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Wellness
Published Wednesday May 16, 2018 by Robyn Costanzo

Is Your Therapist a Good Fit for You?

Expert Advice
Personal Growth

Most mental health professionals agree that when a patient and therapist really connect, a positive outcome follows. So, what does a good match look like? Since many therapy sessions address confusion surrounding our personal relationships, it only makes sense that we question the relationship with our therapist, too.

When it comes to finding a professional to confide in, most of us have the nuts and bolts covered—location, availability, fees, credentials, types of therapy offered, etc. But, how do we know we’ve found “the one”? While you might not find the perfect therapist, we can (and should) try to gauge the “goodness-of-fit” we have with that person.

Goodness-of-fit can vary from moment-to-moment, and stage-to-stage, so you may experience your therapist differently at various points in times. Some people work with the same therapist intermittently over a lifetime, while others engage with several therapists. No matter your experience, finding a good fit can be a challenge—unless you know what to ask yourself.

These four, straight-forward questions can help you determine if you’ve found a good match:


Question #1: Do I want to come back?

This is an easy one to answer when it comes to most situations. Engaged, nonjudgmental, empathetic—yes, yes, yes—all objective qualities that make for a great therapist. What does this translate to though? If the trend includes feeling safe, understood, and that returning to talk more will be helpful, these are indicators you’re currently working with a therapist who is right for you. Therapy requires us to dive deep into difficult and uncomfortable aspects of our lives, so it’s crucial to feel create a foundation of trust.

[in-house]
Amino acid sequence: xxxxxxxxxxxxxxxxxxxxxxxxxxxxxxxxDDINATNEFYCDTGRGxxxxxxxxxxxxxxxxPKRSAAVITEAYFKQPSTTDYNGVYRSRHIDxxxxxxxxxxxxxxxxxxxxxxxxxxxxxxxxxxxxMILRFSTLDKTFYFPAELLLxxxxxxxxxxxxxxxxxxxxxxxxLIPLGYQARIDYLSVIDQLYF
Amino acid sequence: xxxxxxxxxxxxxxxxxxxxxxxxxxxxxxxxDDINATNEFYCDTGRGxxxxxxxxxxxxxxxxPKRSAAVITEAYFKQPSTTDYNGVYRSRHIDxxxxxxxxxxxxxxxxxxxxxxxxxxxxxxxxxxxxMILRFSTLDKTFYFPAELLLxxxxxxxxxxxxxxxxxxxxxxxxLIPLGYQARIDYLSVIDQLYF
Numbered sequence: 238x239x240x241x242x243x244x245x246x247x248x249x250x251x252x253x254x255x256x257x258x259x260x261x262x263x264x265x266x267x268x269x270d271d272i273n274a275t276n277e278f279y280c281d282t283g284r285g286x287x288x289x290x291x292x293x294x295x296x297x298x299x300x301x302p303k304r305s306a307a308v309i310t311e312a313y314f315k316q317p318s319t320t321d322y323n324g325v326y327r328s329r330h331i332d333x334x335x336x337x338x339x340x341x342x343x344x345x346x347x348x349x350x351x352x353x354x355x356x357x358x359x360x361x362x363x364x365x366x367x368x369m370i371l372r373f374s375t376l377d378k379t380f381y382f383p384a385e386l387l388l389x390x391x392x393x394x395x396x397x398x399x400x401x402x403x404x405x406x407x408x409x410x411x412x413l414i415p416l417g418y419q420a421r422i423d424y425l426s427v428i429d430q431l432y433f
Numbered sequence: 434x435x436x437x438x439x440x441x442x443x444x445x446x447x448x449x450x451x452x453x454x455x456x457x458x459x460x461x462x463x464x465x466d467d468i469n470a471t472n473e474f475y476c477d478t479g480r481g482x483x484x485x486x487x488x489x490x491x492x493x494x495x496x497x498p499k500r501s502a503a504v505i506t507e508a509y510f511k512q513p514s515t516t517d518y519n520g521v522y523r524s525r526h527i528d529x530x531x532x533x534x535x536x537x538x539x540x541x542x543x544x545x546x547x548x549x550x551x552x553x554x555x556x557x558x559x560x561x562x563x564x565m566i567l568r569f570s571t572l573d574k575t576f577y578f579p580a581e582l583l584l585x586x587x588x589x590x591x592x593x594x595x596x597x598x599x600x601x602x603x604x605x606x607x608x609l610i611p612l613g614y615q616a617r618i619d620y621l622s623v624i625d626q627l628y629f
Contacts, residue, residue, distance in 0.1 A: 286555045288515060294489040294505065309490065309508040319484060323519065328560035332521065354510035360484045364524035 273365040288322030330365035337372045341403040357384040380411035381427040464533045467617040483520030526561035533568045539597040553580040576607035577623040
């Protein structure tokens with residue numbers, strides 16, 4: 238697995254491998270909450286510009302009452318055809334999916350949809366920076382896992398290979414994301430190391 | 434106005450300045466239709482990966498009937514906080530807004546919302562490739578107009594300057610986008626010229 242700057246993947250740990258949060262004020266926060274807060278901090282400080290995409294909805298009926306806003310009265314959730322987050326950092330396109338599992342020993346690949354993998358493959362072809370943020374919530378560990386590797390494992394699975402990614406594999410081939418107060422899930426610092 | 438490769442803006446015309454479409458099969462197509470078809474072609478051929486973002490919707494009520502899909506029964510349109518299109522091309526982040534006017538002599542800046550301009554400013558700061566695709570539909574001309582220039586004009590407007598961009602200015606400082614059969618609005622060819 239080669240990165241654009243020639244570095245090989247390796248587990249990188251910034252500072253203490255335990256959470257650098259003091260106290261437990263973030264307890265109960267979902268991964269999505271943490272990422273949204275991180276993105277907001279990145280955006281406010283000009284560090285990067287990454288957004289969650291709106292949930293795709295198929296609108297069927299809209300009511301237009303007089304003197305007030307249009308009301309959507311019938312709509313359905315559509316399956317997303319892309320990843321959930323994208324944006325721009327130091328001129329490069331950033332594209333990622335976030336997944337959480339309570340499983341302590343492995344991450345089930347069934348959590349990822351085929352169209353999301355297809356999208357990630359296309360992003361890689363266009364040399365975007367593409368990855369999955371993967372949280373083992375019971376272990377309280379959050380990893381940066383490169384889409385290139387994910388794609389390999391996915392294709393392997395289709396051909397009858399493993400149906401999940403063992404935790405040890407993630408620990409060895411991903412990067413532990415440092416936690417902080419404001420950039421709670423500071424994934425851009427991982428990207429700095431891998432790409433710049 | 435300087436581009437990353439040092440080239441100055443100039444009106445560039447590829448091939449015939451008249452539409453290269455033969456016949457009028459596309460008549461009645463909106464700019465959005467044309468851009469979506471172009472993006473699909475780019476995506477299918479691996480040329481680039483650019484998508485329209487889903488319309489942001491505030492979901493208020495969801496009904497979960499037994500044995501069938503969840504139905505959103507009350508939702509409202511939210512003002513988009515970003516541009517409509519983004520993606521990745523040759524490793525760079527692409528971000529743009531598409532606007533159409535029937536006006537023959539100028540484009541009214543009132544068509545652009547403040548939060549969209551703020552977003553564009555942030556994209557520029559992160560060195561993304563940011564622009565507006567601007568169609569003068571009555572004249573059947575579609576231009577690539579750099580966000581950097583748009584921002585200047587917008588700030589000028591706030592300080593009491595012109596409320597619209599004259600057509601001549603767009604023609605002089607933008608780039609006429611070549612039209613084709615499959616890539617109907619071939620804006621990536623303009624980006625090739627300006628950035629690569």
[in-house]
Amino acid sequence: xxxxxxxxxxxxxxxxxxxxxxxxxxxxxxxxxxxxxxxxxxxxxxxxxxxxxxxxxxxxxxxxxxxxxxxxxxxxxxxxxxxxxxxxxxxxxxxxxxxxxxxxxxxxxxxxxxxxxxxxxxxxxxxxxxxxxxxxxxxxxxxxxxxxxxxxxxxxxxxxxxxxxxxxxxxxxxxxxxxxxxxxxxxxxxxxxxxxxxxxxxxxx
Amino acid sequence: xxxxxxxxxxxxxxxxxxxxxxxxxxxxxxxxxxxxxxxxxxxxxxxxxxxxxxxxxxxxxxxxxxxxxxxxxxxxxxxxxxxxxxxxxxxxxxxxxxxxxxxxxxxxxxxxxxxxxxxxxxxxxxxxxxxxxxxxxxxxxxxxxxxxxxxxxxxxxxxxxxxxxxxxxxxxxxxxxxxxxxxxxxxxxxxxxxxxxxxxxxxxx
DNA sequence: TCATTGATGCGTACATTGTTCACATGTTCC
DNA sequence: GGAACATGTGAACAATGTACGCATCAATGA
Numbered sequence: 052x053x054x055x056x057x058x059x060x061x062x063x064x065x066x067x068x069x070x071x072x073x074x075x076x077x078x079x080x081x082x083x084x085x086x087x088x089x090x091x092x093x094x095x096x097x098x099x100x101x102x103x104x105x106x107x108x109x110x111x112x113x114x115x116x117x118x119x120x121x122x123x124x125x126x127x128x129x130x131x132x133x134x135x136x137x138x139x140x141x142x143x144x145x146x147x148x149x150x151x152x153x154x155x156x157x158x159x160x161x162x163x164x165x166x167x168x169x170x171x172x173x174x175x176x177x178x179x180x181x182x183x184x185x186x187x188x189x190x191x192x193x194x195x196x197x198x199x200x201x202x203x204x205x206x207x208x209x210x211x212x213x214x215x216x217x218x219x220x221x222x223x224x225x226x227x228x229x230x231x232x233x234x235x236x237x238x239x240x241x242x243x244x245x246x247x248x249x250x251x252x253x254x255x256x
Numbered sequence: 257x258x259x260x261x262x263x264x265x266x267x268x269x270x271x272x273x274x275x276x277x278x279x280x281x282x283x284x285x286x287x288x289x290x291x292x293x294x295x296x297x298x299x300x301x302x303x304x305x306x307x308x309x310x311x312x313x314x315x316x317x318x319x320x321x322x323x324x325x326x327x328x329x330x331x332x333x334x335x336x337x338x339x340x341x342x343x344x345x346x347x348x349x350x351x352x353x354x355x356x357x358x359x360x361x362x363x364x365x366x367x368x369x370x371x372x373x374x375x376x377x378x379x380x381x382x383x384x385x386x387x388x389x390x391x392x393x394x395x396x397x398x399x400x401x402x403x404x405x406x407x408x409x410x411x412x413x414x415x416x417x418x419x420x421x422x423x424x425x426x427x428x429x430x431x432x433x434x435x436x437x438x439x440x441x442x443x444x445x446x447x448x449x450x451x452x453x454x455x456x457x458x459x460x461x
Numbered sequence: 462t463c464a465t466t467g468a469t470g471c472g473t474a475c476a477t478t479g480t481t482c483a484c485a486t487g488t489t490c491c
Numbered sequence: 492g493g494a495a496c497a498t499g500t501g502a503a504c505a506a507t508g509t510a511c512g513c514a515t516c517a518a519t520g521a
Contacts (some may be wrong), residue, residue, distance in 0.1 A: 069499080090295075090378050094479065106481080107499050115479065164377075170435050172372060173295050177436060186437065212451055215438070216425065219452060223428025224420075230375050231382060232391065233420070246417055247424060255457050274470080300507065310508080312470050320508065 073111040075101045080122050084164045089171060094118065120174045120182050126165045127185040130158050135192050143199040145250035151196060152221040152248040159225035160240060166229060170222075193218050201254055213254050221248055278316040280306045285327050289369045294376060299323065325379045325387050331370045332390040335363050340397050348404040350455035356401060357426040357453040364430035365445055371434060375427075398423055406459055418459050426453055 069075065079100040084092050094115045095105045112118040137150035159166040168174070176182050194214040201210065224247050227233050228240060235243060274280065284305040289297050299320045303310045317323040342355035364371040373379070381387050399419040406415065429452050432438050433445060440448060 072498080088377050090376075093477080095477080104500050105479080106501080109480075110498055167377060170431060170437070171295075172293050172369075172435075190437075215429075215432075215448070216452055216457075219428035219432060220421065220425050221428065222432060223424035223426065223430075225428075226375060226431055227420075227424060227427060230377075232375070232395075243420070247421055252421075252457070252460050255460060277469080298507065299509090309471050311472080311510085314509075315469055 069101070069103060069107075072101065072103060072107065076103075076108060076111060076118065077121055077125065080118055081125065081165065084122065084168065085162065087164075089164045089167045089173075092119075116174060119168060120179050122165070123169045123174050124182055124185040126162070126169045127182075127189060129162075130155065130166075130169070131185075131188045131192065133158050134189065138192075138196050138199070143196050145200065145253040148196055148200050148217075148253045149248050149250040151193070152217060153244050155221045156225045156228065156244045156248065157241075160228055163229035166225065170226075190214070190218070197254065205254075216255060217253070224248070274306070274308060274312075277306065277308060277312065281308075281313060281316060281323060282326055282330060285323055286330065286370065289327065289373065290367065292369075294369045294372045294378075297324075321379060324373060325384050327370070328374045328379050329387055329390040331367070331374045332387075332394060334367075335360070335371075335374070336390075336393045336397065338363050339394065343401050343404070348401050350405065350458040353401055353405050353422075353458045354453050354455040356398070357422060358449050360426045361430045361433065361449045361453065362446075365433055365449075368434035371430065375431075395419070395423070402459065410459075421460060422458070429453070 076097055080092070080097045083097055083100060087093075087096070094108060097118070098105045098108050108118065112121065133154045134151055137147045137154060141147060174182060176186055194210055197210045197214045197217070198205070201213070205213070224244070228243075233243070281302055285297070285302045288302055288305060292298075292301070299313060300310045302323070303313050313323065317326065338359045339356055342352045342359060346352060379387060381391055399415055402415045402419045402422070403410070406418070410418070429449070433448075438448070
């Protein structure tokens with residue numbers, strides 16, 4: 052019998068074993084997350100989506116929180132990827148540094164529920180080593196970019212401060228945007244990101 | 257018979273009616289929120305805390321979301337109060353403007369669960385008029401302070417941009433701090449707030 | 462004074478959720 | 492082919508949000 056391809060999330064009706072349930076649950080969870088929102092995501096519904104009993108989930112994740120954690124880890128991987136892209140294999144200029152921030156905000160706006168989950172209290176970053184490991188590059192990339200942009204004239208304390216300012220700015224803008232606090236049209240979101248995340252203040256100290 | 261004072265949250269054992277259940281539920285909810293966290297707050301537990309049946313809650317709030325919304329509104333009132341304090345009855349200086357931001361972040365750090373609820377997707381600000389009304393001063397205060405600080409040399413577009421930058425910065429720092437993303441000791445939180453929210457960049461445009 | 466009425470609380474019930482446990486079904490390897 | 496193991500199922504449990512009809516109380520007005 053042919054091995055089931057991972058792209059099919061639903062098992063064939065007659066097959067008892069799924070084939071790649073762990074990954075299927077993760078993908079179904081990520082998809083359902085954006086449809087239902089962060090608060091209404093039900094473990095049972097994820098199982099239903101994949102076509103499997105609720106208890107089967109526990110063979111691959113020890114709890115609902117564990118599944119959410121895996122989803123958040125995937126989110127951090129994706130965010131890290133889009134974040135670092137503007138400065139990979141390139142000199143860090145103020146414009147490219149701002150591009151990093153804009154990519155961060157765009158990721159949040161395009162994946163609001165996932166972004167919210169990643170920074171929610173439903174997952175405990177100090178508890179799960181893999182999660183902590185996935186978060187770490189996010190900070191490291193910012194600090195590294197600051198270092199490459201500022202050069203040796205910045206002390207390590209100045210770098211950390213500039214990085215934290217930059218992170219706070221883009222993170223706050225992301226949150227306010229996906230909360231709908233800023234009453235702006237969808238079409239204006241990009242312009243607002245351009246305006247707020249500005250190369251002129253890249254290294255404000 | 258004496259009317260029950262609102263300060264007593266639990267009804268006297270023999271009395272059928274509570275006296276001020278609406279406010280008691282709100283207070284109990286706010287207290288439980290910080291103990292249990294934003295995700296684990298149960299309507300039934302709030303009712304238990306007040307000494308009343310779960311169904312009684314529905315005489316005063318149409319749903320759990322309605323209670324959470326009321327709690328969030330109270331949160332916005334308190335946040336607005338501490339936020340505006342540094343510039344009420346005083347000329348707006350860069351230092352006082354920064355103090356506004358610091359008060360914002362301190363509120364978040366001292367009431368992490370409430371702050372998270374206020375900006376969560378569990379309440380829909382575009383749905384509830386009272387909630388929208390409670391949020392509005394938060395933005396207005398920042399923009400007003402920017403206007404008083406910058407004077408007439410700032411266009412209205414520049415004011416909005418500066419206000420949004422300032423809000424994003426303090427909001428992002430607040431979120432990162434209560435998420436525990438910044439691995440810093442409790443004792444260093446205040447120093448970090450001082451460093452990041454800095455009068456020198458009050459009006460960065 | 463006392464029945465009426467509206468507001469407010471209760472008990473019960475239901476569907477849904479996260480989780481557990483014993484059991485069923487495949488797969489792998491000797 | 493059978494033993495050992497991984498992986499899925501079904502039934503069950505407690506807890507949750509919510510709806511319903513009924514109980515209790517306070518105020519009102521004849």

Question #2: Am I managing things more efficiently?

Making progress with your therapist isn’t necessarily about your life improving. It’s about your ability to cope with life improving. Hey, things change over the course of therapy—you might move, become ill, or experience a loss of some kind. But, if you notice that situations which used to make your blood boil now lead to more of a simmer, that’s another positive sign you found the right therapist for you.


Question #3: Can my therapist admit when he or she messed up?

A therapist’s ability to own up to their flaws is critical. Like any human being, we have times when we struggle or drop the ball. Your therapist should be able to receive negative feedback from you. Some do this with more ease than others, but we expect it. Sometimes we even invite it.


Question #4: What if I don’t think I’m working with the right therapist?

Your therapist should be able to discuss this uncertainty with you. There’s a range of comfort levels in this regard. The conversation should either confirm your decision to move on or help you reconsider it. If you’re met with defensiveness, there’s your answer. Your therapist might help you realize that wanting to end the work is really about a difficult topic coming up in the treatment. You might decide to stick around or return when you feel more ready.

After you’ve asked the questions, it’s okay to see your therapist on a trial run basis. If it doesn’t feel right, keep looking. That therapist might not be a “good fit” but, with time, someone else will be! 

Robyn Costanzo
Written by
Robyn Costanzo
Contributor | Licensed Clinical Social Worker
About the author
Completing an intensive post-graduate training program in psychoanalytic psychotherapy, Robyn provides online therapy to working women while residing with her young family in Armonk, New York.
black-owned beauty and wellness businesses
Beauty
Published Sunday Jan 30, 2022 by Denise Prichard

Black-owned Beauty and Wellness Businesses to Know

February is Black History Month—a celebration of the achievements and contributions of African Americans in society.  As the beauty and wellness industry becomes a more welcoming and inclusive space for all, we are taking this opportunity to continue to shine a light on the gap of inclusivity and diversity in our industry, and take action to promote, empower, and honor the Black community that shapes and grows wellness.